>  Pauls Limited of Australia has launched a new line of milk products enriched with Reducol, a cholesterol-lowering functional food ingredient. The milk, which is called LOCOL, is available in two forms: no fat (less than 0.15 percent) and reduced fat (1.5 percent).  Forbes Medi-Tech Inc., which makes Reducol, says the product has been clinically shown to reduce LDL (``bad'') cholesterol levels by approximately 24% in conjunction with a healthy diet.  Nutrition Business Journal predicts that the market for so-called “functional foods,” which contain added ingredients to improve health or prevent disease, will reach $83 billion worldwide in the next five years.  (AgWeb)

>  Nufarm Limited of Australia will exit its 19.91% shareholding in IAMA following last week's vote by IAMA shareholders to approve a merger proposal with Wesfarmers Dalgety.  The merger includes an exit option for existing IAMA shareholders valued at $1.65 per share. The exit option represents a premium on the average cost of Nufarm’s investment in IAMA and that the capital realised from the sale of IAMA shares can be more effectively re-deployed in other areas. (company press release)

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Animal Health News

>  The French government announced plans to slaughter up to 10,000 cattle a week in order to support beef prices forced down by the mad cow disease crisis.  The agriculture minister called it an emergency measure and said the beef would be frozen for sale later. The whole continent already has a backlog of both frozen and pulverized cattle because many diners, restaurants and institutions have stopped buying beef out of fear of the human form of BSE.  Because beef prices have fallen as much as 80%, the ranchers have also been demanding that the government pay them between $140 and $500 for each head of cattle that they cannot sell. (NY Times)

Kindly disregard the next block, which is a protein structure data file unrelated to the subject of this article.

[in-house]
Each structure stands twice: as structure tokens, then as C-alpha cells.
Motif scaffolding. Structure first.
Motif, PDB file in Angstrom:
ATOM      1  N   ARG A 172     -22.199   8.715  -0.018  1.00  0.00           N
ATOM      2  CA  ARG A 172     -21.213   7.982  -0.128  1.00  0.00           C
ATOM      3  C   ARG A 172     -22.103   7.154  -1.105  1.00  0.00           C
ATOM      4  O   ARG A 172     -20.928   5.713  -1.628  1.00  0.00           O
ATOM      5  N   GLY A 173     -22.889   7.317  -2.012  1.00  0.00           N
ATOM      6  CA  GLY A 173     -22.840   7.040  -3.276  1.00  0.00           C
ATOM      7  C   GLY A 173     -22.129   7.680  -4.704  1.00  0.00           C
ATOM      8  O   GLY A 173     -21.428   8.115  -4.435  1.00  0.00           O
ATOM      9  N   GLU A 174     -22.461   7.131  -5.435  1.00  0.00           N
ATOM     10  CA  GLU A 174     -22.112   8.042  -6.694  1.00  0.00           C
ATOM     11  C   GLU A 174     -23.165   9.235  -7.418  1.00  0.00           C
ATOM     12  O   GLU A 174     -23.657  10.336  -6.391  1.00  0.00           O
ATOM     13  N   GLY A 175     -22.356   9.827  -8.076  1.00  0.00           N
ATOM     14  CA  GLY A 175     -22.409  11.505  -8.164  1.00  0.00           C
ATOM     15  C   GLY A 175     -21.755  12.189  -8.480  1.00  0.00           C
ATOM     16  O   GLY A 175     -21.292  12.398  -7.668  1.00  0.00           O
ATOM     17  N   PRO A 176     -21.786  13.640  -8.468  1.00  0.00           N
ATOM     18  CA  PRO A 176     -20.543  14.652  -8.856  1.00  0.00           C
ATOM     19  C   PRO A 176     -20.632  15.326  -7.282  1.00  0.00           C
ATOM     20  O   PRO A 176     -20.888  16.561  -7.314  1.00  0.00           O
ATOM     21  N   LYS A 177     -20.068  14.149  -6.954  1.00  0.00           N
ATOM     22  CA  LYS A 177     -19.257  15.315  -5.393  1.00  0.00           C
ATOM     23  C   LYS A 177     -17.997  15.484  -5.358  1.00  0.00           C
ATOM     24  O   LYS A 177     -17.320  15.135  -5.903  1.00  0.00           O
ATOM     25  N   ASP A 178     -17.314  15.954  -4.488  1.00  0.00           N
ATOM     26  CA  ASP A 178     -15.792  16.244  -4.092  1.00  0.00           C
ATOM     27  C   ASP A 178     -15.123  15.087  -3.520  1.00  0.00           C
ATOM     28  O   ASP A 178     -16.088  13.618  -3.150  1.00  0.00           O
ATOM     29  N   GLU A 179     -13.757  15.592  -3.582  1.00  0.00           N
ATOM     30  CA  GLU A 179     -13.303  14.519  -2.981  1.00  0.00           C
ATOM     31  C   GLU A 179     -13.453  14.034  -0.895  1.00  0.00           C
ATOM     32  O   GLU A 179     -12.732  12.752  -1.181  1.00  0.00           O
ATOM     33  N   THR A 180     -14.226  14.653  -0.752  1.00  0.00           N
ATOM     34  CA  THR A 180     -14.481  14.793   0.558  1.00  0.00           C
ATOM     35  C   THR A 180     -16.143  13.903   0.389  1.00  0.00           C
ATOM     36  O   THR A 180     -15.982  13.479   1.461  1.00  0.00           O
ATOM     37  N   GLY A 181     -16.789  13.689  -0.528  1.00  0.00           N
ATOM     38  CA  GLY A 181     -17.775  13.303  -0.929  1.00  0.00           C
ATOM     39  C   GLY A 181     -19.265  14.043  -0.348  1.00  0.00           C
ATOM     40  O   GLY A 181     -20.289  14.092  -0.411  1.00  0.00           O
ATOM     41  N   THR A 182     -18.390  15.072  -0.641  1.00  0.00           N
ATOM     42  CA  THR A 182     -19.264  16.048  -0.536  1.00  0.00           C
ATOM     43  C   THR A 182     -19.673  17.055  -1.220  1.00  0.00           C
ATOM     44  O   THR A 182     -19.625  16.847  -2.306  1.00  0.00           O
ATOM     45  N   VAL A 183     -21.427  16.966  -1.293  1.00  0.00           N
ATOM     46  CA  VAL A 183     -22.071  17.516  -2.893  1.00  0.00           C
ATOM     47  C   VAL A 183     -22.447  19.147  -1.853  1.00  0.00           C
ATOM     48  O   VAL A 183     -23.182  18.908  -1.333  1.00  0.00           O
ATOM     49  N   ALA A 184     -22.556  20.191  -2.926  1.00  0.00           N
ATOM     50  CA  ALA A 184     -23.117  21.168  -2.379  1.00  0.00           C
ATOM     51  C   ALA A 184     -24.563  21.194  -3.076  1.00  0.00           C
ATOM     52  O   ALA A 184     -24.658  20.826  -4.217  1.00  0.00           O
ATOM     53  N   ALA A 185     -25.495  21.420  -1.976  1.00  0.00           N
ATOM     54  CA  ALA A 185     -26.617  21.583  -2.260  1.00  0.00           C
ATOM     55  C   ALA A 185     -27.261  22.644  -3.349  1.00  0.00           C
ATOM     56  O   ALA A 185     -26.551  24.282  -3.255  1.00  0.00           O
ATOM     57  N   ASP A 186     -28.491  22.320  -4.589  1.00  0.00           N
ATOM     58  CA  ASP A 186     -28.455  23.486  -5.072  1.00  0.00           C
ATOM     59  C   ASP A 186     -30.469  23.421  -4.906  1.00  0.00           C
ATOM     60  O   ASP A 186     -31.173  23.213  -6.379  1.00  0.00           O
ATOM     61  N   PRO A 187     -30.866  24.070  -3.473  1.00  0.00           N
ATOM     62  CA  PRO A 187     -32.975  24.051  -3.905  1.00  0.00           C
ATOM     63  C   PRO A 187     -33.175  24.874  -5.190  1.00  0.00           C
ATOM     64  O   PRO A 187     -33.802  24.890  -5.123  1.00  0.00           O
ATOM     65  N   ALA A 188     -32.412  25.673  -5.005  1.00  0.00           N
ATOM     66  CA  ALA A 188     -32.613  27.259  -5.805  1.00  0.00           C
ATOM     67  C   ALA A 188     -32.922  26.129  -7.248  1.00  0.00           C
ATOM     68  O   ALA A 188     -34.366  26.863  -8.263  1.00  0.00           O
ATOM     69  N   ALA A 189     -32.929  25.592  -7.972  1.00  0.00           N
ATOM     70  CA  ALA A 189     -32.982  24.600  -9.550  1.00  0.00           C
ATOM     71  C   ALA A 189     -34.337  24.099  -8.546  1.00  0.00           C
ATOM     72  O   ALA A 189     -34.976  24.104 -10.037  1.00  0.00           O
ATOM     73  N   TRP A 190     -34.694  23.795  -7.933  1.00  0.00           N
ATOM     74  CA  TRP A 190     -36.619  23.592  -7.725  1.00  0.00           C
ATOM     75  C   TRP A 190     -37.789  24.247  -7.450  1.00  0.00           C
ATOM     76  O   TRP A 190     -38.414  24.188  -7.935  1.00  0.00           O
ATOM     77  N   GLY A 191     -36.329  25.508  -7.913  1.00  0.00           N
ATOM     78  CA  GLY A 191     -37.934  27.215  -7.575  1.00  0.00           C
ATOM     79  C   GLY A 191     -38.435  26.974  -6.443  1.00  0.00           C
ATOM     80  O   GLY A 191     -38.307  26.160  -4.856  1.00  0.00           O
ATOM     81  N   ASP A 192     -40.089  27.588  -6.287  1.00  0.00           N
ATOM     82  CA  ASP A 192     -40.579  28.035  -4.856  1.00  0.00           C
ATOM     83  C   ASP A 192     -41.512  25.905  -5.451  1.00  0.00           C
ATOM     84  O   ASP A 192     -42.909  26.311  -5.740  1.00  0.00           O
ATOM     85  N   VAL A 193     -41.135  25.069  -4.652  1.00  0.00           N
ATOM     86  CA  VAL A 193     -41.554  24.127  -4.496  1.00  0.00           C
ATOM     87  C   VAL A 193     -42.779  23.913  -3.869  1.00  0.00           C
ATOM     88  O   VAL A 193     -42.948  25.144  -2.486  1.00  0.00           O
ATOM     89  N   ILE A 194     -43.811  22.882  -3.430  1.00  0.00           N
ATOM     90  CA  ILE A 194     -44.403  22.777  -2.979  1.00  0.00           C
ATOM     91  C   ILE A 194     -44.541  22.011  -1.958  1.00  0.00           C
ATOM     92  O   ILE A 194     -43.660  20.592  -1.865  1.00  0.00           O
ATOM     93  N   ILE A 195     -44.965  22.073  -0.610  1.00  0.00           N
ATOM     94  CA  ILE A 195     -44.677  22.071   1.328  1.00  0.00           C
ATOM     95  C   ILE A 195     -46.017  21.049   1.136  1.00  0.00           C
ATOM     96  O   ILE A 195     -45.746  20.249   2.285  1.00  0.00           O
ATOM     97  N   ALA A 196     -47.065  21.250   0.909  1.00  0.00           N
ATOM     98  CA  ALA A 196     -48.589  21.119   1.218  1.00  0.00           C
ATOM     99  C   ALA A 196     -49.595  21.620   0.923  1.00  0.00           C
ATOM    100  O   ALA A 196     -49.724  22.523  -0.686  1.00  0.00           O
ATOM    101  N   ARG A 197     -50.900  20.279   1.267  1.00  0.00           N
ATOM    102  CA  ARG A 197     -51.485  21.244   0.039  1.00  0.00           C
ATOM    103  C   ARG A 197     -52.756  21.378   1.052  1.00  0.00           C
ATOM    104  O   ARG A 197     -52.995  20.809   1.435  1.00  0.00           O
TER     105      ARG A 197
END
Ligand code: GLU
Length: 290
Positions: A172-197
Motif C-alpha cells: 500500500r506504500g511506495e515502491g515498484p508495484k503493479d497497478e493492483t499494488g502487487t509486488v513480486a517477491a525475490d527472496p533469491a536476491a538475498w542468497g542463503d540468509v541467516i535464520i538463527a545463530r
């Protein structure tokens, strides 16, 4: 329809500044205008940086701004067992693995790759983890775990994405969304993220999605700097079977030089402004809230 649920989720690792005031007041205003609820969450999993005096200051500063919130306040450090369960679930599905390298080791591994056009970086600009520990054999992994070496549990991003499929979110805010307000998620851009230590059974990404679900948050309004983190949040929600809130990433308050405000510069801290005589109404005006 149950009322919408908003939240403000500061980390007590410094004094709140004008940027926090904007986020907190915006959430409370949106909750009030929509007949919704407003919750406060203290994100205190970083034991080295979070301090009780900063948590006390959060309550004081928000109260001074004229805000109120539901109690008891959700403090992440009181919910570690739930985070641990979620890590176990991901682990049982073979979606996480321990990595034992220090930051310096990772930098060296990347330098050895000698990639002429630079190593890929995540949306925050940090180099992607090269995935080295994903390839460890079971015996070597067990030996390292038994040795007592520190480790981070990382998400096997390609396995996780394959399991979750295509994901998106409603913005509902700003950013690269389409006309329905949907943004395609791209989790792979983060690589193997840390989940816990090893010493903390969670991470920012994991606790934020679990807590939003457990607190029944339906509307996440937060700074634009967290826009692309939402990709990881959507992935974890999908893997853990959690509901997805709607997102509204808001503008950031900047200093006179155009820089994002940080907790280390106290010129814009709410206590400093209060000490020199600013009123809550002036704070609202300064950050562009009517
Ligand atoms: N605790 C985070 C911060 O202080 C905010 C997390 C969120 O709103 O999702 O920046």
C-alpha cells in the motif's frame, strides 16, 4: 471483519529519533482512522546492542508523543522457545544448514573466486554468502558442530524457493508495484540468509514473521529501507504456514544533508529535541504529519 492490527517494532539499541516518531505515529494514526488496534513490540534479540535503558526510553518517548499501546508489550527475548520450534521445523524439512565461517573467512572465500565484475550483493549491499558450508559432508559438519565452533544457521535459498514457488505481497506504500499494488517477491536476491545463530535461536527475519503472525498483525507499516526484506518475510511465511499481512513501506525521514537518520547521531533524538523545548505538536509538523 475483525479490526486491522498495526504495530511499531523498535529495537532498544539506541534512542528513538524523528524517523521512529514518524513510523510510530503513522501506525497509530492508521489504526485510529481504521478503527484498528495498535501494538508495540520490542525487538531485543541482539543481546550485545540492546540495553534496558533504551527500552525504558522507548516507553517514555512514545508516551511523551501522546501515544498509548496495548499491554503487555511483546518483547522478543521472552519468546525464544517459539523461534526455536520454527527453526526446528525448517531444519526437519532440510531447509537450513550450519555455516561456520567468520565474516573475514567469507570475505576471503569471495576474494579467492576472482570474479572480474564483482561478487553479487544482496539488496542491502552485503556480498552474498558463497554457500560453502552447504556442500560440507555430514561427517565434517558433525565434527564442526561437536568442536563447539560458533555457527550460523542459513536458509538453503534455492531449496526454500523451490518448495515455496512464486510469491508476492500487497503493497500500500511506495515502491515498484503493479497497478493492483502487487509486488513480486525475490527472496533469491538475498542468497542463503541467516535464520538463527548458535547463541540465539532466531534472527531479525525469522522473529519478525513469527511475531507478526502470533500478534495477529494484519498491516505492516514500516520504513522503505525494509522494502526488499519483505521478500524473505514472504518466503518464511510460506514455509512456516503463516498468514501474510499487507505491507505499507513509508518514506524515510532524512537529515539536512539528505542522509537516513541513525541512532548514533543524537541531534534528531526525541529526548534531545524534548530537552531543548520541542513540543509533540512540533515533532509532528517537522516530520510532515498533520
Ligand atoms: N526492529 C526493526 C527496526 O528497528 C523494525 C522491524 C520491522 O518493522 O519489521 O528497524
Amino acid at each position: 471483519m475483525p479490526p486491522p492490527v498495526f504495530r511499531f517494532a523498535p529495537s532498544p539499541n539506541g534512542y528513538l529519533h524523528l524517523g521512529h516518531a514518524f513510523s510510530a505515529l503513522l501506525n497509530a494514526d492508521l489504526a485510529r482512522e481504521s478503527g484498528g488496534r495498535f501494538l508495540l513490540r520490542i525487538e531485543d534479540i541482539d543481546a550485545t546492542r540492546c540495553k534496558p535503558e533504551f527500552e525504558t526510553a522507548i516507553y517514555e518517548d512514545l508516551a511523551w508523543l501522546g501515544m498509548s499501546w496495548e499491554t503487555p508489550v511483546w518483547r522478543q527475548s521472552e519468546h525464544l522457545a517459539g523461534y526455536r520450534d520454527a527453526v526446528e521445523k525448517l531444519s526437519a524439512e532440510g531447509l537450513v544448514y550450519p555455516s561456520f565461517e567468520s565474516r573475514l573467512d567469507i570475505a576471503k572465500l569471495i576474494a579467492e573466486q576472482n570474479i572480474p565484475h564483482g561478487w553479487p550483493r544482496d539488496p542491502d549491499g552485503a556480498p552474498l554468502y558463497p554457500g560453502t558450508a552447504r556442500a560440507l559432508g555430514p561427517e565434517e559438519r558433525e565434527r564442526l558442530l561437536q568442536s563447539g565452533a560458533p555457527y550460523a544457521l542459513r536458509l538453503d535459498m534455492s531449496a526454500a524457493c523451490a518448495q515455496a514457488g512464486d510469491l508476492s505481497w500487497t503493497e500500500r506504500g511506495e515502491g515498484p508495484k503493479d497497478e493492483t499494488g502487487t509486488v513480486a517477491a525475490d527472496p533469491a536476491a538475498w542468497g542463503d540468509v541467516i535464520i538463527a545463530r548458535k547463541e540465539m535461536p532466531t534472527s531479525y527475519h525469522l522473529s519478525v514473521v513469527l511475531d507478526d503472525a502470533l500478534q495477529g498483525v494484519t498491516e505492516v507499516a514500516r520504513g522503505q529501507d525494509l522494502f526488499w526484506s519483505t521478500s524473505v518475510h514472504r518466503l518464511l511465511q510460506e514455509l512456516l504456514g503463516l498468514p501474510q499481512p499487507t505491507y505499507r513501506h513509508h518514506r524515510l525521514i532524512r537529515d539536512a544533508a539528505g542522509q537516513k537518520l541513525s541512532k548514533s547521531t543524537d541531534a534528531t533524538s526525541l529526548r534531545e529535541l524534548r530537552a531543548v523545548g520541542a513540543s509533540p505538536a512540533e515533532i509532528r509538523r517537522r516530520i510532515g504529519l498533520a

>  Britain uncovered its first cases of foot-and-mouth disease in 20 years, prompting Europe to consider measures against the highly infectious virus and plunging the UK pig industry into a fresh crisis. Britain's National Pig Association (NPA) said the disease was a further blow
to the struggling industry, which has only just weathered an outbreak of classical swine fever in southern England leading to export bans in Europe and the United States. Britain suffered its last outbreak of foot-and-mouth in 1981 but since then pig farmers have struggled with low prices, a strong pound and growing consumer concern over meat after a series of scares including mad cow disease. (Reuters)

>  Johne’s disease has infected more than 15,000 dairy cows in northern Vermont, causing alarm among the state’s farmers, veterinarians and legislators. Local veterinarians say Vermont has experienced increasing cases of Johne's disease during the last several years. They are concerned this may be the tip of the iceberg. Area lawmakers are working to draft legislation to deal with the problem.  (AgWeb)

>  The beef cattle industries in the US, Canada and Mexico have signed a joint statement stating that they are committed to preventing the introduction of BSE in North America.  The National Cattlemen's Beef Association, Canadian Cattlemen's Association and Conferacion Nacional Ganadera will work with governments, feed and rendering industries, processors and veterinarians to ensure full compliance with all established measures to prevent the introduction of the disease.  (Feedstuffs)